This new year, I’m gonna lean into what scares me!

small kid standing on planked footpath

I’m probably going to regret publishing this.

Oh well, as dame Doris Day once sang (yes I’m that old), “Que Sera Sera…Whatever will be will be”.

After all, the start of a brand new year is typically the time lots of people say lots of things right? Things that sound like resolutions. Or a promise to change, improve, venture, learn, re-skill, exercise, diet, and everything in between.

Sadly, most of these will likely end in pain, shame, failure, defeat, neglect or amnesia!

I’m no different; having made plenty of new year resolutions before, but rarely fulfilling most of them.

Kinda like the many luggage bags everywhere in the world these past couple of years. Filled with ideas for a great holiday just waiting to be unpacked — except that they never left the house! Because a Delta here and an Omicron there sorta put a spanner in the works.

Of course, I could just be making excuses, blaming it on externalities like the little coronavirus.

Or maybe what’s missing all this while with my new year resolutions is what authors Jim Collins and Jerry Porras once described in their international blockbuster of a book “Built To Last“.

Big Hairy Audacious Goals”

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Collins and Porras’ bestseller unpacked ground-breaking research on leadership in major MNCs. Their research led them to conclude that companies which “last the distance” succeed because they set BHAGs (pronounced “bee hags”) or Big Hairy Audacious Goals.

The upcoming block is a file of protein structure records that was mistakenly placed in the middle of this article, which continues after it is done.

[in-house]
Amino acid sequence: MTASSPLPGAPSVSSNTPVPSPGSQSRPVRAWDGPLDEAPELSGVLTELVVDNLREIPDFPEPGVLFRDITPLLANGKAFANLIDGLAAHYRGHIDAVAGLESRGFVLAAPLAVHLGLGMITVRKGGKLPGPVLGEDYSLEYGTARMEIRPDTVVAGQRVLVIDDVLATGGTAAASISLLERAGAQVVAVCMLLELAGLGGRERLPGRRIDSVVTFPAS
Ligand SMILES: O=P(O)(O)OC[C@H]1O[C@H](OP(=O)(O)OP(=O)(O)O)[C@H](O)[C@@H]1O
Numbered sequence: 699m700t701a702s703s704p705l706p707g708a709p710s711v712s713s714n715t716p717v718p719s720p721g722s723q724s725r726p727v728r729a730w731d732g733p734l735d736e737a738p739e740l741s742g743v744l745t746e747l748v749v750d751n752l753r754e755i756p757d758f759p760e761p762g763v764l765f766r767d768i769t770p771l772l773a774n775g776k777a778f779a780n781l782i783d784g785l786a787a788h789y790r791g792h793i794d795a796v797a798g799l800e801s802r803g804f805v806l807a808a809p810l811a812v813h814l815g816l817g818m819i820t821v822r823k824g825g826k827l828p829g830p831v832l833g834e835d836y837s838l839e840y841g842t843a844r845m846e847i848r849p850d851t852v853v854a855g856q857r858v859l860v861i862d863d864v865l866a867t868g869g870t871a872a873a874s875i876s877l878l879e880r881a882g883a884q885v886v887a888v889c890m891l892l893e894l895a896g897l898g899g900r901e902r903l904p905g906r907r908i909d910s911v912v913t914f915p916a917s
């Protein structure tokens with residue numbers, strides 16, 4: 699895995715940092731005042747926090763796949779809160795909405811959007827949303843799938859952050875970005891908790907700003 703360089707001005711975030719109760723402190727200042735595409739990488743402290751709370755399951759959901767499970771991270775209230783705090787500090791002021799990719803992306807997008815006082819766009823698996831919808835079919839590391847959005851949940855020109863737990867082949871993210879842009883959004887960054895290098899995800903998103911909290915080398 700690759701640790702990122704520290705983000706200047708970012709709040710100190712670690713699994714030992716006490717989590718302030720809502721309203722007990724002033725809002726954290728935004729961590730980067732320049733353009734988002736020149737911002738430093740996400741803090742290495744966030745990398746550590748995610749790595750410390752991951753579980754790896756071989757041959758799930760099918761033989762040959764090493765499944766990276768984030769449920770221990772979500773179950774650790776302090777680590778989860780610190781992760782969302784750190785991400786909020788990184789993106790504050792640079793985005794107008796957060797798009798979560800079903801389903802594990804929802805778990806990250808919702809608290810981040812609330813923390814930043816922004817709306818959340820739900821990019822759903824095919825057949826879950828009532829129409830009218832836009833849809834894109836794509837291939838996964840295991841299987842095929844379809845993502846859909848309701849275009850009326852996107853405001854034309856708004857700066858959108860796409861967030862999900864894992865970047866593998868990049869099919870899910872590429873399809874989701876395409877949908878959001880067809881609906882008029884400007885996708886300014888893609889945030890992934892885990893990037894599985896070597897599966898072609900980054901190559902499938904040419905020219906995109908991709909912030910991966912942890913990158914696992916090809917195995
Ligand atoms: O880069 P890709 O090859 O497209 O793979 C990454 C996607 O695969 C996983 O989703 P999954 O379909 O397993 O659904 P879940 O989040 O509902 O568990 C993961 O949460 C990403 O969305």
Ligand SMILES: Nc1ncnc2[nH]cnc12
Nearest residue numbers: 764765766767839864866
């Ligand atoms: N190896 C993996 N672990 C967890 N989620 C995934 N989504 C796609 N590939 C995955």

These are large, lofty ambitions that challenge and enlarge one’s vision to strive for the seemingly-impossible. The idea being that if we shoot for the galactic stars, even if we miss, we’d at least hit the Earth’s upper atmosphere.

So the question for me in this new year is simply this: what IS my BHAG when it comes to writing?

Well, a line that coincidentally appeared in two completely unrelated reading sources I came across last week, nailed it for me.

“Lean into what scares you!”

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The first was an audiobook called “Do Hard Things: A Teenage Rebellion Against Low Expectations” by brothers Alex and Brett Harris. The book for teens is all about how they should have their own BHAGs rather than succumb to the low expectations society places on them.

(Hey don’t judge me ok?! After all, I’m now a parent of a newly-minted teenager; gotta do my homework right?)

As with many an audiobook I’ve been listening to over the past few years, I occasionally let it drone in the background while I’m folding clothes or packing my son’s messy desk.

Or in this case while I was about to take a shower.

I wasn’t even sure which chapter it was at, but the narrator said something that hit me like the shower I was about to go under. “Resolve to lean into what scares you.” (Or something like that).

It sounded simultaneously scary and scintillating. Lean into what scares me? Hmmm…now who in the right mind would do that?!

Someone probably heard me because a few days later, while clearing emails, I saw the following quote from Sarah Schuster (editor for a digital health community called The Mighty):